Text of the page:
Invasive knotweed affects native plants through allelopathy

Craig Murrell, Esther Gerber, Christine Krebs, Madalin Parepa, Urs Schaffner, Oliver Bossdorf
American Journal of Botany 2011, 98 (1): 38-43

PREMISE OF STUDY: There is increasing evidence that many plant invaders interfere with native plants through allelopathy. This allelopathic interference may be a key mechanism of plant invasiveness. One of the most aggressive current plant invaders is the clonal knotweed hybrid Fallopia × bohemica, which often forms monocultures in its introduced range. Preliminary results from laboratory studies suggest that allelopathy could play a role in this invasion.

METHODS: We grew experimental communities of European plants together with F. × bohemica. We used activated carbon to test for allelopathic effects, and we combined this with single or repeated removal of Fallopia shoots to examine how mechanical control can reduce the species' impact.

KEY RESULTS: Addition of activated carbon to the soil significantly reduced the suppressive effect of undamaged F. × bohemica on native forbs. The magnitude of this effect was similar to that of regular cutting of Fallopia shoots. Regular cutting of Fallopia shoots efficiently inhibited the growth of rhizomes, together with their apparent allelopathic effects.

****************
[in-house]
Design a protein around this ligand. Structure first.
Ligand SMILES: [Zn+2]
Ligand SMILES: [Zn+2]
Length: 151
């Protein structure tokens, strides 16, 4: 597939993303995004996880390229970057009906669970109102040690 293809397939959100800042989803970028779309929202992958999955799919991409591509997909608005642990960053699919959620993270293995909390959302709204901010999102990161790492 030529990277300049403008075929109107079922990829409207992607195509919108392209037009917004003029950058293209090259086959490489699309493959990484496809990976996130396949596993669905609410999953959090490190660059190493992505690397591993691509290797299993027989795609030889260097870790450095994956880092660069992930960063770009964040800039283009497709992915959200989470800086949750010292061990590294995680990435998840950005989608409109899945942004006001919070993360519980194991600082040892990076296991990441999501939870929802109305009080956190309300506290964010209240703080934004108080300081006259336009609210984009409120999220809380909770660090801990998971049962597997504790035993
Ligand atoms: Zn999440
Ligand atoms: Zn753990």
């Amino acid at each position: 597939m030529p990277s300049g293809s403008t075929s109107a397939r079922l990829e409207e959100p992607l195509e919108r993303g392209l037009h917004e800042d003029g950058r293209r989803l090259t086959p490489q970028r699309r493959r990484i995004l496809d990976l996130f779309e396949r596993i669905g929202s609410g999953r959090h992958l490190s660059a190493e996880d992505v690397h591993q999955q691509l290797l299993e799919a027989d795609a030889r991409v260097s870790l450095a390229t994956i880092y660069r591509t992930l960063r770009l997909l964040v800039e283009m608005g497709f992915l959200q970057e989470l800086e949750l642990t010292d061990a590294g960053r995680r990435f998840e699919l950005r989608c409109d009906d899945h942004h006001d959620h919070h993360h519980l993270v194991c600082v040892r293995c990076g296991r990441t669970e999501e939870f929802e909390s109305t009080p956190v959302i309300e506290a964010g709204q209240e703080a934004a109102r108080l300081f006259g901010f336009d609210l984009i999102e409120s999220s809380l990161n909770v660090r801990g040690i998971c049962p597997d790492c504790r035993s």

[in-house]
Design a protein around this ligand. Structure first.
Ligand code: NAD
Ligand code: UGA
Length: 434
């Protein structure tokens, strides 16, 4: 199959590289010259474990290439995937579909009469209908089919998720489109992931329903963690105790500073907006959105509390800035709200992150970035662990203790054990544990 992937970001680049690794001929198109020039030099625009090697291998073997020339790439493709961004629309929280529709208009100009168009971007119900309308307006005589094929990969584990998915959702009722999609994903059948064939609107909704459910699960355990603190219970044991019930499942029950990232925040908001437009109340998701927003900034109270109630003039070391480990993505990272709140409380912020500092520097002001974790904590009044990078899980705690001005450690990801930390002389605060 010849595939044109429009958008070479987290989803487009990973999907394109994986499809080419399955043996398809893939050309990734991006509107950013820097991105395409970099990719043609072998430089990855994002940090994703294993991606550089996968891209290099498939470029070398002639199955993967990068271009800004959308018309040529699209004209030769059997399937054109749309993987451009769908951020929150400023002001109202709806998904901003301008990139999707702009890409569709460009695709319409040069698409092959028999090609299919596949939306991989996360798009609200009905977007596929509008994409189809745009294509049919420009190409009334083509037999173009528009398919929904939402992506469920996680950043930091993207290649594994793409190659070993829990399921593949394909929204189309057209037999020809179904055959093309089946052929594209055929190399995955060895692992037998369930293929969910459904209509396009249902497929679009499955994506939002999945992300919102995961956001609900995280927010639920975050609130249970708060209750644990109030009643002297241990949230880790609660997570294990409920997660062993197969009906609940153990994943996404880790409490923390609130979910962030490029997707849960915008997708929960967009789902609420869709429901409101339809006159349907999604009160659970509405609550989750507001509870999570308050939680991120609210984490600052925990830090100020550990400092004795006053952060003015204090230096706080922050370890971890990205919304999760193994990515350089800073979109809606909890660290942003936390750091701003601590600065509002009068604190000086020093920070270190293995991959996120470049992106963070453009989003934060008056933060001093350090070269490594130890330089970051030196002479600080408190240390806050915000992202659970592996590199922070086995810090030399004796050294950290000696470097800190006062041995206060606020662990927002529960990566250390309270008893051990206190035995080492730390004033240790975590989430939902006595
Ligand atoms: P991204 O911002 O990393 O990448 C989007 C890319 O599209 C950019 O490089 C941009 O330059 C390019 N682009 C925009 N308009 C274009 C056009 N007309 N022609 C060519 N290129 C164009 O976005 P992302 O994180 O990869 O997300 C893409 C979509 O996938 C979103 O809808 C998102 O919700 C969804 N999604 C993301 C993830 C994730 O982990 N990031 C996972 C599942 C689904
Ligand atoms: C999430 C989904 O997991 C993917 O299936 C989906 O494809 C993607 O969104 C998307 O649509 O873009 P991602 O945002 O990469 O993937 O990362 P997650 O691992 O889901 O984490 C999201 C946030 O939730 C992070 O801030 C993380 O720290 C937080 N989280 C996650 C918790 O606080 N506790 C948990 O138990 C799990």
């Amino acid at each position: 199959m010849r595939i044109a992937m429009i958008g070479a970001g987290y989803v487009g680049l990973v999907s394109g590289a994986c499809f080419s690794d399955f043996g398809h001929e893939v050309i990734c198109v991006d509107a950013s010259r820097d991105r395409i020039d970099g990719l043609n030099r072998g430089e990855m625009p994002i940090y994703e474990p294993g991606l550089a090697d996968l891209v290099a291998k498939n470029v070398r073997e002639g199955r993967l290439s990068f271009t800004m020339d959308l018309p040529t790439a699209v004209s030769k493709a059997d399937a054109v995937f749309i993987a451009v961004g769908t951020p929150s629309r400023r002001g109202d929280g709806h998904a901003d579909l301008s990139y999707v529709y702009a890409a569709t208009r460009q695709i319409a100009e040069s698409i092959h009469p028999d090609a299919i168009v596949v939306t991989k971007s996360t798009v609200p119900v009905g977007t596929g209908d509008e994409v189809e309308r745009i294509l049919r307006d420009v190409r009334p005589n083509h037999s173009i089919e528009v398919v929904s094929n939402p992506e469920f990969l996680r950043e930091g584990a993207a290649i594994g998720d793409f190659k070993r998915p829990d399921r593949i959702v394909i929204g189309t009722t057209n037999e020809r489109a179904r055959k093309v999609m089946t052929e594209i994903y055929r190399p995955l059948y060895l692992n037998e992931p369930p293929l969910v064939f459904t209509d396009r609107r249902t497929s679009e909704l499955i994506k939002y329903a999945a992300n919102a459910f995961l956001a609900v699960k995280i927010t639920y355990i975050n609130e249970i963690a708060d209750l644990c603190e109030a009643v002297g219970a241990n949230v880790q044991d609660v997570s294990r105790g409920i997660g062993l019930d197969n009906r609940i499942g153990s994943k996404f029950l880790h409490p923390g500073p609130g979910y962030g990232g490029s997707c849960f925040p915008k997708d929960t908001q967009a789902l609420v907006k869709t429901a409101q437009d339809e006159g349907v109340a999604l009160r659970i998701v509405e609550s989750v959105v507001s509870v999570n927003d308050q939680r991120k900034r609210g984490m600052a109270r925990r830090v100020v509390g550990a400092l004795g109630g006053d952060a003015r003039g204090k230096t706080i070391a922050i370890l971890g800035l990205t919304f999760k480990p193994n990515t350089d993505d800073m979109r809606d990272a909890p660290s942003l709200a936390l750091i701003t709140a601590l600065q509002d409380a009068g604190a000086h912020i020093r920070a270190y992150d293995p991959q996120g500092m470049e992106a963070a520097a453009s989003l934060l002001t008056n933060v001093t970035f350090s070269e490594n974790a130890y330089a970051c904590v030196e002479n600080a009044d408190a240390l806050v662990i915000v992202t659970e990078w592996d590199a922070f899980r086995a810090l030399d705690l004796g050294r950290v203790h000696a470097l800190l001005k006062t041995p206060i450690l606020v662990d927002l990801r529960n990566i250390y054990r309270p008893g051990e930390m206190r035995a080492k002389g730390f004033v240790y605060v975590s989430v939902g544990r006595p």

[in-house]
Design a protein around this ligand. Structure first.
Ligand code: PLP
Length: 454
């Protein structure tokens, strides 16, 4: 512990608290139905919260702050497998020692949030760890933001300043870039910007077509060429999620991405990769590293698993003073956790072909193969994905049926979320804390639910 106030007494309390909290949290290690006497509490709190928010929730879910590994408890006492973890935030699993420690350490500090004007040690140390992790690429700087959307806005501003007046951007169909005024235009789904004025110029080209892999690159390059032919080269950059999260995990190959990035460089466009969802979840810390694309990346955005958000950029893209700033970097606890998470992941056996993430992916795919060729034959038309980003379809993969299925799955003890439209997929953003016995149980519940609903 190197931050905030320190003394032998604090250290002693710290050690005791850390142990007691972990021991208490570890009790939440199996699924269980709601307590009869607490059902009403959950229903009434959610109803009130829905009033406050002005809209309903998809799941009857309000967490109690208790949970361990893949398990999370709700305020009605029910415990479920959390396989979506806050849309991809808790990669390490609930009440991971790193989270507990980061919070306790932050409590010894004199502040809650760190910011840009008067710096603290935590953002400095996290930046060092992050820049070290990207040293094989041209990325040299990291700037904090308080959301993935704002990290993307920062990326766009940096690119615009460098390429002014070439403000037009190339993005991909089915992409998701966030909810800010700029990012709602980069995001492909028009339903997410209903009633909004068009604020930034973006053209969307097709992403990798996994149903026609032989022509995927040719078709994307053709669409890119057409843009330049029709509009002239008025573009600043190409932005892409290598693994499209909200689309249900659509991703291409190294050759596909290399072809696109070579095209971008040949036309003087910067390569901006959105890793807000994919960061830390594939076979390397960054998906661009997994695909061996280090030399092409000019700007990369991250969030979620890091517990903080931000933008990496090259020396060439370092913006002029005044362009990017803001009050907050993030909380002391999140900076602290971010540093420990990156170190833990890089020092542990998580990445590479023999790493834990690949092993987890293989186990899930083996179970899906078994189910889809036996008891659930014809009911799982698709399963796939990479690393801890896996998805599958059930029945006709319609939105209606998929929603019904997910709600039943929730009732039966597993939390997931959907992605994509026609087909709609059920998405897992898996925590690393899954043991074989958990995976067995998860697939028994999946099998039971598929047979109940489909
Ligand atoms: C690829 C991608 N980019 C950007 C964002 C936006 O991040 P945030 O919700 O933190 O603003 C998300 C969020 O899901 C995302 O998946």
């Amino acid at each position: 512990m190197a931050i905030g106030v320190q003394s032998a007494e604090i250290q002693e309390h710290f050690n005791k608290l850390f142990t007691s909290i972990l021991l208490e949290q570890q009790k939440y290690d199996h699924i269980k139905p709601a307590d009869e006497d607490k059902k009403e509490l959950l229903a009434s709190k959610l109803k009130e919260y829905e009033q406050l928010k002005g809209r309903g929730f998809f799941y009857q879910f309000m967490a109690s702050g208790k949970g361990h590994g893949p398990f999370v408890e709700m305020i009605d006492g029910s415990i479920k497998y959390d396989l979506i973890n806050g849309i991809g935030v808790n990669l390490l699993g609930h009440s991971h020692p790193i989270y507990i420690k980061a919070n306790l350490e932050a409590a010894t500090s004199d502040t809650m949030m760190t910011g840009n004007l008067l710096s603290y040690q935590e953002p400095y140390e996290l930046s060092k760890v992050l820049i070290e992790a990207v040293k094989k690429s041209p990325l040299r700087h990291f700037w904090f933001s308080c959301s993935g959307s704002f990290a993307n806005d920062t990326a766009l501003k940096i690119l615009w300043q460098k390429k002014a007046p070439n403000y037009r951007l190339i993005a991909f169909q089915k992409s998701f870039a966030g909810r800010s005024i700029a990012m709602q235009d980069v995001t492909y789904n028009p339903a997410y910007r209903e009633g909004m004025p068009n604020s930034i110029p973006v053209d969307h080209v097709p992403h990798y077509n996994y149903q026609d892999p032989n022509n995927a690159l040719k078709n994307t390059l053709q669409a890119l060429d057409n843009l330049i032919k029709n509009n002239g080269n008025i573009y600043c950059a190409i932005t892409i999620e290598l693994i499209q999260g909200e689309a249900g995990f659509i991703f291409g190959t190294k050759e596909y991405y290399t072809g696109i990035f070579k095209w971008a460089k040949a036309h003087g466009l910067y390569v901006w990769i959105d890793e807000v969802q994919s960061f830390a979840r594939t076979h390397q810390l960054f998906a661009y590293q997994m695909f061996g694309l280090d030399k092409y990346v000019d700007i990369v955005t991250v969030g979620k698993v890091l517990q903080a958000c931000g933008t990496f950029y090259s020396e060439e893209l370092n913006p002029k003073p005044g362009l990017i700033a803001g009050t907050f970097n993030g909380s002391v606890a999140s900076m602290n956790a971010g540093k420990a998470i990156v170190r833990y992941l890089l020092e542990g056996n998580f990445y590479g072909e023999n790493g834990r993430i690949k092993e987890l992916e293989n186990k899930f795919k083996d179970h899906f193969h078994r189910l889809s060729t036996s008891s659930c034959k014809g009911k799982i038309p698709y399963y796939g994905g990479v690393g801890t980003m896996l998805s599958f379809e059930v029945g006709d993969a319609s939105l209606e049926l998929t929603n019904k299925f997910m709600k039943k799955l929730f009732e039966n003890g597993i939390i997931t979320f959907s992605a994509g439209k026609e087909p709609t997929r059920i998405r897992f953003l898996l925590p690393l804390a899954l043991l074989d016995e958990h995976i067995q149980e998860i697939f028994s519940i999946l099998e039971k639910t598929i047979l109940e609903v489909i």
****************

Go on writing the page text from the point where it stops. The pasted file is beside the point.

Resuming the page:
CONCLUSIONS: The ecological impact of F. × bohemica on native forbs is not just a result of competition for shared resources, but it also appears to have a large allelopathic component. Still, regular mechnical control successfully eliminated allelopathic effects. Therefore, allelopathy will create an additional challenge to knotweed management and ecological restoration only if the allelochemicals are found to persist in the soil. More research is needed to examine the mechanisms underlying Fallopia allelopathy, and the long-term effects of soil residues.

Full Text Links

Find Full Text Links for this Article


You are not logged in. Sign Up or Log In to join the discussion.

Related Papers

Remove bar
Read by QxMD icon Read

Save your favorite articles in one place with a free QxMD account.


Search Tips

Use Boolean operators: AND/OR

diabetic AND foot
diabetes OR diabetic

Exclude a word using the 'minus' sign

Virchow -triad

Use Parentheses

water AND (cup OR glass)

Add an asterisk (*) at end of a word to include word stems

Neuro* will search for Neurology, Neuroscientist, Neurological, and so on

Use quotes to search for an exact phrase

"primary prevention of cancer"
(heart or cardiac or cardio*) AND arrest -"American Heart Association"